What long-term data for Jakafi are available?

In key clinical trials for Jakafi, patients were followed for up to 3 years. One of the things the researchers looked at was the probability that patients with Jakafi or other myelofibrosis treatments would be alive at 1, 2, and 3 years of treatment.

Every person is unique. How your myelofibrosis progresses and how you will respond to Jakafi depends on your individual circumstances. Talk to your doctor about how patients responded to Jakafi in the key clinical trials, and ask about the potential long-term effects of Jakafi treatment.

Is Jakafi a long-term treatment?

Myelofibrosis is a chronic disease that progresses—or gets worse—over time. By taking Jakafi as prescribed by your doctor, you may be able to continue receiving the benefits of this medicine. Once treatment with Jakafi stops, the spleen is expected to get bigger again, and symptoms are expected to return. The symptoms may return in as little as a week.

Your doctor may allow up to 6 months to see if Jakafi is working to reduce the size of your spleen and to improve your symptoms. If you do not have a reduction in spleen size or an improvement in your symptoms after 6 months of treatment, your doctor may have you stop taking Jakafi.

What are possible side effects of Jakafi?

Jakafi can cause serious side effects, including:

Low blood counts: Jakafi may cause your platelet, red blood cell, or white blood cell counts to be lowered. If you develop bleeding, stop taking Jakafi and call your healthcare provider. Your healthcare provider will perform blood tests to check your blood counts before you start Jakafi and regularly during your treatment. Your healthcare provider may change your dose of Jakafi or stop your treatment based on the results of your blood tests. Tell your healthcare provider right away if you experience unusual bleeding, bruising, fatigue, shortness of breath, or a fever.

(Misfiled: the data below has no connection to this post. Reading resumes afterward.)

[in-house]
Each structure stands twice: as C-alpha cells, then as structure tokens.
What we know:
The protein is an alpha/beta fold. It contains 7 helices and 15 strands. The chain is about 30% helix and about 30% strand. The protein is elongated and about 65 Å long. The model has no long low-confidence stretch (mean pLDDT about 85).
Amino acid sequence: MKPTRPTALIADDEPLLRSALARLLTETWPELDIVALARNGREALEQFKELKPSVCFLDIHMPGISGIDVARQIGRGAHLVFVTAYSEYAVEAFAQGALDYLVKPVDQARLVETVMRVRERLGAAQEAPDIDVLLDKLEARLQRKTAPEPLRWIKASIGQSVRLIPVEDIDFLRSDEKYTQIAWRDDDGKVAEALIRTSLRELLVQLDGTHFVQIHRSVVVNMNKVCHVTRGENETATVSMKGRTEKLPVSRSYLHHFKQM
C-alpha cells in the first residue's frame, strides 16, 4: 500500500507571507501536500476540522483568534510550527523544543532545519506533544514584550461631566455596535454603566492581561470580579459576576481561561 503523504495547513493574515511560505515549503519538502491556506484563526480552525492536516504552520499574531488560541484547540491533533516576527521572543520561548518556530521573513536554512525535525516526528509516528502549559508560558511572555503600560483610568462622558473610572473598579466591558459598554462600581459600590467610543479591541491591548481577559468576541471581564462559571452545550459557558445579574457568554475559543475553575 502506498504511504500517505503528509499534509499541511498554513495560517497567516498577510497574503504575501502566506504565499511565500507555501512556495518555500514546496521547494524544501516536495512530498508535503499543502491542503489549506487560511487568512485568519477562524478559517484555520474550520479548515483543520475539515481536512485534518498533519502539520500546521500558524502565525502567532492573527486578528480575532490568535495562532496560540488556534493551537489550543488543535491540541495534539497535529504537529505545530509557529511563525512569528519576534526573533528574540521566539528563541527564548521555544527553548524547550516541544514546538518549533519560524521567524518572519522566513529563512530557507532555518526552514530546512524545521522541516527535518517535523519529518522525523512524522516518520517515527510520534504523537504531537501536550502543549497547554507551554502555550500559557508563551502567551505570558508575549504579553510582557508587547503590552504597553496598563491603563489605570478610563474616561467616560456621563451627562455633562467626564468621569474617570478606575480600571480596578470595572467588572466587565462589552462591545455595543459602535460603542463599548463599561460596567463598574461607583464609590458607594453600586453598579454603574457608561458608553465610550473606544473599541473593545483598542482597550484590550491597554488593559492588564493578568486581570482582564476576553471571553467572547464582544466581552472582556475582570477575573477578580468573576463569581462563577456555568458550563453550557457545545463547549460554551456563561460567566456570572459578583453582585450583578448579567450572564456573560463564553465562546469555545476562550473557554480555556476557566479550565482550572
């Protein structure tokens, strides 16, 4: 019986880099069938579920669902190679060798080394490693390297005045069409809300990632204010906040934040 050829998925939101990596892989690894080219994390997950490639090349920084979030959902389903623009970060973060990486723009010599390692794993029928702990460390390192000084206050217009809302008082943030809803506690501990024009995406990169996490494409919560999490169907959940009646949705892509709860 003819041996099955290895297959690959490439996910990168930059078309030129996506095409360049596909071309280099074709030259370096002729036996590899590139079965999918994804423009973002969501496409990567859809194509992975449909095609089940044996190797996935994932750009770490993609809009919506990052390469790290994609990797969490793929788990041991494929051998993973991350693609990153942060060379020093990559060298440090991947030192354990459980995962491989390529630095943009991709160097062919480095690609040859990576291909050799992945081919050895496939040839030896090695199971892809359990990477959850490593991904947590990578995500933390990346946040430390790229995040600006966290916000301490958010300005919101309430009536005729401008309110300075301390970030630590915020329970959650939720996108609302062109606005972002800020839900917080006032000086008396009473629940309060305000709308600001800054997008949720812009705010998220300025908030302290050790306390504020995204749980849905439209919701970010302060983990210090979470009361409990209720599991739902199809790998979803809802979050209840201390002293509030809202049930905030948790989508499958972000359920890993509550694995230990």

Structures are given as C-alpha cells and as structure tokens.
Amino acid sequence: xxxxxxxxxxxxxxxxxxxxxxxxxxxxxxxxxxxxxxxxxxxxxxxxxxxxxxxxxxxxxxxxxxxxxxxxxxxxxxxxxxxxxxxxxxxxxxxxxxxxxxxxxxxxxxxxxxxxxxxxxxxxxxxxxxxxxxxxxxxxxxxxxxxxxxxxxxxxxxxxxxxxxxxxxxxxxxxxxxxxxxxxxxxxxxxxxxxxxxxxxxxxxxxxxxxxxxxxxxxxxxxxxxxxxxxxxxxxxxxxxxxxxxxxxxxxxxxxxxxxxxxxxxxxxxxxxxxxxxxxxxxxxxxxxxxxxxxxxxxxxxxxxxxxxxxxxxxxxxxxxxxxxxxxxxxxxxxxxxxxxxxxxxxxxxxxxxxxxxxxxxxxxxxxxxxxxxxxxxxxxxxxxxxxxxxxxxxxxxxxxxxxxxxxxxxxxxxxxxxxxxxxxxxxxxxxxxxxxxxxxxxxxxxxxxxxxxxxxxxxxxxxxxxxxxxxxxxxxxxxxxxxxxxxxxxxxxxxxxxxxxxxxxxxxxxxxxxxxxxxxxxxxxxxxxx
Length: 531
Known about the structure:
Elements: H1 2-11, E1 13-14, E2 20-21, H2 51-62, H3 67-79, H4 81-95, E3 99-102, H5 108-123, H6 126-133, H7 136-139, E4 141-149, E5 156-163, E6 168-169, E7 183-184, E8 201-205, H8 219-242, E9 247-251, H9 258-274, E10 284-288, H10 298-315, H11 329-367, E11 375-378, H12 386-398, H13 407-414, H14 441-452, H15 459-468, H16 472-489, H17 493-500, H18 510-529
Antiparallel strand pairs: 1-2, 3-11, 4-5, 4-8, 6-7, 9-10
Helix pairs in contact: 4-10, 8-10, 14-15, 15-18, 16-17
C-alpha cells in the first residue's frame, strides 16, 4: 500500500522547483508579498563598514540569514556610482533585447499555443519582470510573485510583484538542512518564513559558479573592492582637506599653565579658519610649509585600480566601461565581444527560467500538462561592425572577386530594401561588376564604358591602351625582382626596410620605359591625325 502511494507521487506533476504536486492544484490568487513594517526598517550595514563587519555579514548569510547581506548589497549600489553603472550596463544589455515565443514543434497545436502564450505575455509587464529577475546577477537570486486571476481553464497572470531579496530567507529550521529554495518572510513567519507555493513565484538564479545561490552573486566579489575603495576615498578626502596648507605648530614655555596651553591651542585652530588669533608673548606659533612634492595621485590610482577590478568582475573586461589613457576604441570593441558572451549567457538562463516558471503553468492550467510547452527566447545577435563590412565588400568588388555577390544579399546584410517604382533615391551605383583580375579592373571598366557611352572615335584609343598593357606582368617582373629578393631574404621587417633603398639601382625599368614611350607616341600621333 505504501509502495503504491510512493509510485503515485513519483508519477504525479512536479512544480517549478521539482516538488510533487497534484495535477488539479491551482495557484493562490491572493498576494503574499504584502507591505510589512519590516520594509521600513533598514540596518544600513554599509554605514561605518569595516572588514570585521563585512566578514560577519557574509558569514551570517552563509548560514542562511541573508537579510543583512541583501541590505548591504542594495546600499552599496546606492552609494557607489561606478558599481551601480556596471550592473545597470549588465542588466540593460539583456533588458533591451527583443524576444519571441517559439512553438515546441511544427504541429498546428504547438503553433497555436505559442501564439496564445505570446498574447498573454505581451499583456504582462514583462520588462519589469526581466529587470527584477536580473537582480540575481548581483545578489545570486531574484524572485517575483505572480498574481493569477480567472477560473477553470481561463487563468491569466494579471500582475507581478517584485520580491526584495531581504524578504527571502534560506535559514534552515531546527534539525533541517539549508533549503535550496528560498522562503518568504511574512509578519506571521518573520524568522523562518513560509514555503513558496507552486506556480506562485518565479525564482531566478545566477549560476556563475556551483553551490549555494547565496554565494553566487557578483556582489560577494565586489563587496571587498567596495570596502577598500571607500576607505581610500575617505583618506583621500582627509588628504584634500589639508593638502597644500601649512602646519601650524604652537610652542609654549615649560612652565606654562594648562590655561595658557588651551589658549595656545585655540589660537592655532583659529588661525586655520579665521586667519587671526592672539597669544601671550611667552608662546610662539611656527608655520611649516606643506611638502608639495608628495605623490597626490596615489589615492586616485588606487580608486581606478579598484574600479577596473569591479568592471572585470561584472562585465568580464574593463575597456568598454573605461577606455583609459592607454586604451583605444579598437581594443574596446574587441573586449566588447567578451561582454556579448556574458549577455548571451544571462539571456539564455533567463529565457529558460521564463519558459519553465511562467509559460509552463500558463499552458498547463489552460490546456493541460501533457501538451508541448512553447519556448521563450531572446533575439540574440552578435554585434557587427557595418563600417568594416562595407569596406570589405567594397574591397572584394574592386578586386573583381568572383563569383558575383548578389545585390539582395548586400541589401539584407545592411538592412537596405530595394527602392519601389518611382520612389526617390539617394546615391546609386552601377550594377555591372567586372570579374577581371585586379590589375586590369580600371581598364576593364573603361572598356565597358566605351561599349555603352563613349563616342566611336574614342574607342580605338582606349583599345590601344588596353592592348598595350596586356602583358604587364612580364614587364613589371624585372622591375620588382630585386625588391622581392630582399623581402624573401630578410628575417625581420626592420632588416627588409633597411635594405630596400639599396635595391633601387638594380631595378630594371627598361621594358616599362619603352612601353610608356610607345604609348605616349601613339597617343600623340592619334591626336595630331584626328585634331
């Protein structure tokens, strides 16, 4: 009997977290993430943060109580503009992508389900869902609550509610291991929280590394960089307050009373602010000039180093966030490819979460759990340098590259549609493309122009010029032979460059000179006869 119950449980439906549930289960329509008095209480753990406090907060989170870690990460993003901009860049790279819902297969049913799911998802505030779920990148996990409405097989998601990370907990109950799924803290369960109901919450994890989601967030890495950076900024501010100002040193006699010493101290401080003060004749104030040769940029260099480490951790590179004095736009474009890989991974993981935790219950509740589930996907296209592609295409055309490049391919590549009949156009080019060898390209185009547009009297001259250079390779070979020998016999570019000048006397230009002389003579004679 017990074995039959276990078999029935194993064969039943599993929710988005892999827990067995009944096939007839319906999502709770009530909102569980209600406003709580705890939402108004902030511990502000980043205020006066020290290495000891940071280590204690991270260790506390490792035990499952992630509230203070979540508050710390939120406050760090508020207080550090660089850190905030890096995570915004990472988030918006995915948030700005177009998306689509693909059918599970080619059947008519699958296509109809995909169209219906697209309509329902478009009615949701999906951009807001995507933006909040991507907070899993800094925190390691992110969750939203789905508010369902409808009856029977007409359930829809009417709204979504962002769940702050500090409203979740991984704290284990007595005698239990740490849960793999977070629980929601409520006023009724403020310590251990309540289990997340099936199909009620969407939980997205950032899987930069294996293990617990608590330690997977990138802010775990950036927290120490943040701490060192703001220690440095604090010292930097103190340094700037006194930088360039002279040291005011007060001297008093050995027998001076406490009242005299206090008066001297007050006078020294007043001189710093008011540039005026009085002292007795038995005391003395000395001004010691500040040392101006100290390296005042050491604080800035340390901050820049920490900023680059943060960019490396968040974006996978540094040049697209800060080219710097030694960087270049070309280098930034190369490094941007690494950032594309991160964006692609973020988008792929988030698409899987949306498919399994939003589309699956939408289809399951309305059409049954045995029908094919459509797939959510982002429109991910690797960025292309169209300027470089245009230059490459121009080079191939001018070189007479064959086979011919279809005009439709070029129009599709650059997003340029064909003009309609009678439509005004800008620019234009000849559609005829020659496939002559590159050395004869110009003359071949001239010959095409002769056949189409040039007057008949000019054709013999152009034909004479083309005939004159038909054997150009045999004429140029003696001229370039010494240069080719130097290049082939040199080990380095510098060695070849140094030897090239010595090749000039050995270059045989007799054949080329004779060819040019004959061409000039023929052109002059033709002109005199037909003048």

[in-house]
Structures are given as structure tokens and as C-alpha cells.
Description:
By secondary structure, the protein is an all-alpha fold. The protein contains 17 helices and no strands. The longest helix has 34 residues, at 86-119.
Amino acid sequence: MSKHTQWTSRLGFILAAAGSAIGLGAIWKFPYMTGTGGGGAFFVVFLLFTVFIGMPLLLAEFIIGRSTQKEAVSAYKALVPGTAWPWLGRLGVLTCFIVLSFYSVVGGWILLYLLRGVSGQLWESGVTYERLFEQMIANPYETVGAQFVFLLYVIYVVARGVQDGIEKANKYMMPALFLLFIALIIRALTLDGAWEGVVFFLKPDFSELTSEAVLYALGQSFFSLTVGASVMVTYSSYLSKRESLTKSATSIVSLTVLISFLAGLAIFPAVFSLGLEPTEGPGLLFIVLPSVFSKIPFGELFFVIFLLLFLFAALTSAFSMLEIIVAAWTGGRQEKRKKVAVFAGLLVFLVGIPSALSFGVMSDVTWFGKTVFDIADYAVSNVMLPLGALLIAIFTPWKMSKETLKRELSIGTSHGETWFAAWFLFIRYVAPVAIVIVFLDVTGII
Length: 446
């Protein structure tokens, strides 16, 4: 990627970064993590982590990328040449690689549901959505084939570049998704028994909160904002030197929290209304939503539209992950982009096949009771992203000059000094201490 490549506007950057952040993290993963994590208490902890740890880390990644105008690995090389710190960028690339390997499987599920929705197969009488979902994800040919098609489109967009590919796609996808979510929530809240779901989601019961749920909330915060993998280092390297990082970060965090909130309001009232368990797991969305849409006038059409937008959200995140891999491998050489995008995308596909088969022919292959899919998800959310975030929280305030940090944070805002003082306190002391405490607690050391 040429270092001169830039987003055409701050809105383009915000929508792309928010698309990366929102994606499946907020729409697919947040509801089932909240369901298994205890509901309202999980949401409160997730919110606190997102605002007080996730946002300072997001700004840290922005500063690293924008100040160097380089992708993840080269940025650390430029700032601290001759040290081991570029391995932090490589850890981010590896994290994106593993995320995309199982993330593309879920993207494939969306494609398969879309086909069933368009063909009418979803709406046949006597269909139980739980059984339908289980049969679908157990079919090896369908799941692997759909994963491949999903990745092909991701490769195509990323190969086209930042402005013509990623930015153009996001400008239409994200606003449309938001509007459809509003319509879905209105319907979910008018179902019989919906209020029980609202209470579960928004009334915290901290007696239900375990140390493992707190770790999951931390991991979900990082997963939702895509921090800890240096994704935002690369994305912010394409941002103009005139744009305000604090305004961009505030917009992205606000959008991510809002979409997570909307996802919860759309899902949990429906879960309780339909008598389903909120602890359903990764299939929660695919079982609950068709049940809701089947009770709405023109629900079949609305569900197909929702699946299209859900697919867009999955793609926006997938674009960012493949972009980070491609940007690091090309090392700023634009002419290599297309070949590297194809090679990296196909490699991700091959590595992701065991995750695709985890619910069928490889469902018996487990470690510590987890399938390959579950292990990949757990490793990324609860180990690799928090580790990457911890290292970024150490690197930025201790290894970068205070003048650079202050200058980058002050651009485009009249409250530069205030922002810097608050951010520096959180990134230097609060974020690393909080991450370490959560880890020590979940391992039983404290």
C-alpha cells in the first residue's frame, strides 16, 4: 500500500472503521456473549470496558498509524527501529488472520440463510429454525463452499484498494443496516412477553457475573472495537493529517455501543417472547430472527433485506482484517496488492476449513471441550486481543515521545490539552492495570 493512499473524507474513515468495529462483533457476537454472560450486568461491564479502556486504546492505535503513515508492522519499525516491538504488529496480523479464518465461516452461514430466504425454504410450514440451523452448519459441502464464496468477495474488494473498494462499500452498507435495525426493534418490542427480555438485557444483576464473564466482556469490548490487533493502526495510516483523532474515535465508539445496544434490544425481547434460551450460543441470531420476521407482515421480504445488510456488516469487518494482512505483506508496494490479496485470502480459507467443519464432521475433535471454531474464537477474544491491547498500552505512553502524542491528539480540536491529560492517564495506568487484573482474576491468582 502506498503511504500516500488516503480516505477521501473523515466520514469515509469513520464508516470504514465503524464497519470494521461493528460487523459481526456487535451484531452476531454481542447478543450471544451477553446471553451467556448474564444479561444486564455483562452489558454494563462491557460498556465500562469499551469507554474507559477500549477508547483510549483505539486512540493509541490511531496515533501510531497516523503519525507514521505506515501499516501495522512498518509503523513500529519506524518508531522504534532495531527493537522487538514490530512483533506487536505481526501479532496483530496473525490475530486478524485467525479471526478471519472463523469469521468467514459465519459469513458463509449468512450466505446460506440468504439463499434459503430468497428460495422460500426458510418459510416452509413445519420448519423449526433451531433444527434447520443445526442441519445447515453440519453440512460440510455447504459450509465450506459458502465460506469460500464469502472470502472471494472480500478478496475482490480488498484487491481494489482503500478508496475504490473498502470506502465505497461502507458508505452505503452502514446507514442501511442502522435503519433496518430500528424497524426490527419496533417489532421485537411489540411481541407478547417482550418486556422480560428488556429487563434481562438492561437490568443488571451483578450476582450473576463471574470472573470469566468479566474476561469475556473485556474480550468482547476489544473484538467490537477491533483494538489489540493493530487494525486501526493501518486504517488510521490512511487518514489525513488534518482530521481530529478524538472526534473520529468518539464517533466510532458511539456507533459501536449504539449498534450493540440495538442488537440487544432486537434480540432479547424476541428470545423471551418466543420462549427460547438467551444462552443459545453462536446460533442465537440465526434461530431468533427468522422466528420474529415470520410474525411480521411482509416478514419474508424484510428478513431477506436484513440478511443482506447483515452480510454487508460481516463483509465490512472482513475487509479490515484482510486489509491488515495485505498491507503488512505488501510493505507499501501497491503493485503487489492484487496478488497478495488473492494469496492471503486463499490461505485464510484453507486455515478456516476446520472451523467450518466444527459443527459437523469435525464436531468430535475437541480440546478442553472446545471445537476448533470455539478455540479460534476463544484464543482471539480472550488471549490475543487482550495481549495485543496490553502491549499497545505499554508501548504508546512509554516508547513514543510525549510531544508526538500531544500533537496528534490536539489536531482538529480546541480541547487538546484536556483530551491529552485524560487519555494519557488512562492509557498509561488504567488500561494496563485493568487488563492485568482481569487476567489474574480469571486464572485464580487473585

Infection: You may be at risk for developing a serious infection while taking Jakafi. Tell your healthcare provider if you develop symptoms such as chills, nausea, vomiting, aches, weakness, fever, or painful skin rash or blisters.

The most common side effects of Jakafi include dizziness and headache.

These are not all the possible side effects of Jakafi. Ask your healthcare provider or pharmacist for more information. Tell your healthcare provider about any side effect that bothers you or that does not go away.

Before taking Jakafi, tell your healthcare provider about all the medications, vitamins, and herbal supplements you are taking and all your medical conditions, including if you have an infection, have or had liver or kidney problems, are on dialysis, or have any other medical condition. Take Jakafi exactly as your healthcare provider tells you. Do not change or stop taking Jakafi without first talking to your healthcare provider. Do not drink grapefruit juice while taking Jakafi.

Women should not take Jakafi while pregnant or planning to become pregnant, or if breast-feeding.

Please see the Full Prescribing Information, which includes a more complete discussion of the risks associated with Jakafi.